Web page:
A study conducted by researchers at the University of Aberdeen (Scotland) has found that pelvic organ prolapse repairs reinforced by non-absorbable synthetic mesh are no more effective than standard native tissue repair. The results of the study were published recently in the medical journal The Lancet.
The PROSPECT study, a national collaborative research project involving 1348 women, is the largest randomized trial of the use of mesh in transvaginal prolapse surgery. Researchers determined that the mesh, inserted through the vagina, resulted in a number of complications but did not offer any clear benefits, and concluded that the use of pelvic mesh in such procedures could be considered an “unnecessary risk,” until further research is conducted.
What is Pelvic Mesh?
Pelvic mesh made of polypropylene is used to treat pelvic organ prolapse (POP) and stress urinary incontinence (SUI). First introduced to the market in the mid-1990s, the pelvic mesh is implanted transvaginally (through the vagina) and was first approved by the FDA under a 501(k) process based on a similarity to other mesh products already on the market. As a result, many transvaginal mesh products were approved before they were ever tested on humans.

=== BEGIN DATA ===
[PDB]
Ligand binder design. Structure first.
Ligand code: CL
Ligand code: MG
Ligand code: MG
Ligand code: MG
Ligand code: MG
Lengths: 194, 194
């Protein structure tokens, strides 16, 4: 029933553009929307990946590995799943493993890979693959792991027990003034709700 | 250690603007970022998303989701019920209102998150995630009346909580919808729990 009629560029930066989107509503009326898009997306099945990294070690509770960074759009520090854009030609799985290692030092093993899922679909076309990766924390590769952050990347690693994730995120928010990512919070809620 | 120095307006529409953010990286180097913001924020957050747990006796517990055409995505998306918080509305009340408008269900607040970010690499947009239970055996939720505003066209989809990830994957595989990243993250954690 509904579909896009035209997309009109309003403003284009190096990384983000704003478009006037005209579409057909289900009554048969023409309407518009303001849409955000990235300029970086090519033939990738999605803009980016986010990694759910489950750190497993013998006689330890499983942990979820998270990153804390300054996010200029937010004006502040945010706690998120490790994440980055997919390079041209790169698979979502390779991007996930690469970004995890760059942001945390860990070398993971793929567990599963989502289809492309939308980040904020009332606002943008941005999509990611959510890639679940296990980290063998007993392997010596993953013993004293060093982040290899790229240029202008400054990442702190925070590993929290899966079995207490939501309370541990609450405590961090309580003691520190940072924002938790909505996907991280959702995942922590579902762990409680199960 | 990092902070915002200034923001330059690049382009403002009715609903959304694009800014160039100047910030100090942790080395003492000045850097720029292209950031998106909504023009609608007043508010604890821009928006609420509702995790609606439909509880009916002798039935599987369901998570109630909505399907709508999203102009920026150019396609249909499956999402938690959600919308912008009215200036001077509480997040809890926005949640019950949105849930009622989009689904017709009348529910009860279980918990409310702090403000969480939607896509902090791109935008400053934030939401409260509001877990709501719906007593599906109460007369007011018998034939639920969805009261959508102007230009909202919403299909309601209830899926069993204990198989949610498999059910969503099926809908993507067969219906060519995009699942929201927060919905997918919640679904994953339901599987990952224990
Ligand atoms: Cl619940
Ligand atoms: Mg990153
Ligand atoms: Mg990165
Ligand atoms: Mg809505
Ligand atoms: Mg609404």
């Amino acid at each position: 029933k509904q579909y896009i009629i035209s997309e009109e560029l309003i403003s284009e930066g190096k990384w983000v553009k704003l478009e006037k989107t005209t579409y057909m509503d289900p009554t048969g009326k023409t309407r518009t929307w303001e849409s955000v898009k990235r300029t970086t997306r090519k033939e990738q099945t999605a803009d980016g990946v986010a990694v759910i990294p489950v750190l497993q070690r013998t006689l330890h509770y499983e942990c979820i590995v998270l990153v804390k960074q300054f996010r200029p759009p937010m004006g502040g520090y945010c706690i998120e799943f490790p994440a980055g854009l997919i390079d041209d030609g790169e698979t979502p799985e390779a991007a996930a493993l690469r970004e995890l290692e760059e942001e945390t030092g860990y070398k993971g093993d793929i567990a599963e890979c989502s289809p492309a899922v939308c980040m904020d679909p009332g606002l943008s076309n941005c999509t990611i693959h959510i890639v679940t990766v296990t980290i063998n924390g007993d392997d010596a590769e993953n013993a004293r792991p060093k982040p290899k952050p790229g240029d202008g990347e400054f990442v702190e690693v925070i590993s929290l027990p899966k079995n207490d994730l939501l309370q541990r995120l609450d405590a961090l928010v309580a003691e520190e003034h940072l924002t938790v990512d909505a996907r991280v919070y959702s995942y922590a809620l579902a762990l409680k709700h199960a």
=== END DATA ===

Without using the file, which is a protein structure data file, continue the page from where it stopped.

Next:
Pelvic Mesh Lawsuits
Millions of women have had transvaginal mesh surgery and many procedures have resulted in severe and sometimes permanent injury. Pelvic mesh lawsuits allege that the device has a defective design that erodes the surrounding tissue, leads to excessive scar tissue growth, and is difficult to remove if it does not work properly.
In one recent lawsuit, Boston Scientific, the manufacturer of the pelvic mesh product Obtryx, failed in its effort to appeal awards totaling $18.5 million awarded to four different women. The company was ordered to pay each plaintiff up to $4.25 million in compensatory damages for injuries related to the Obtryx mesh.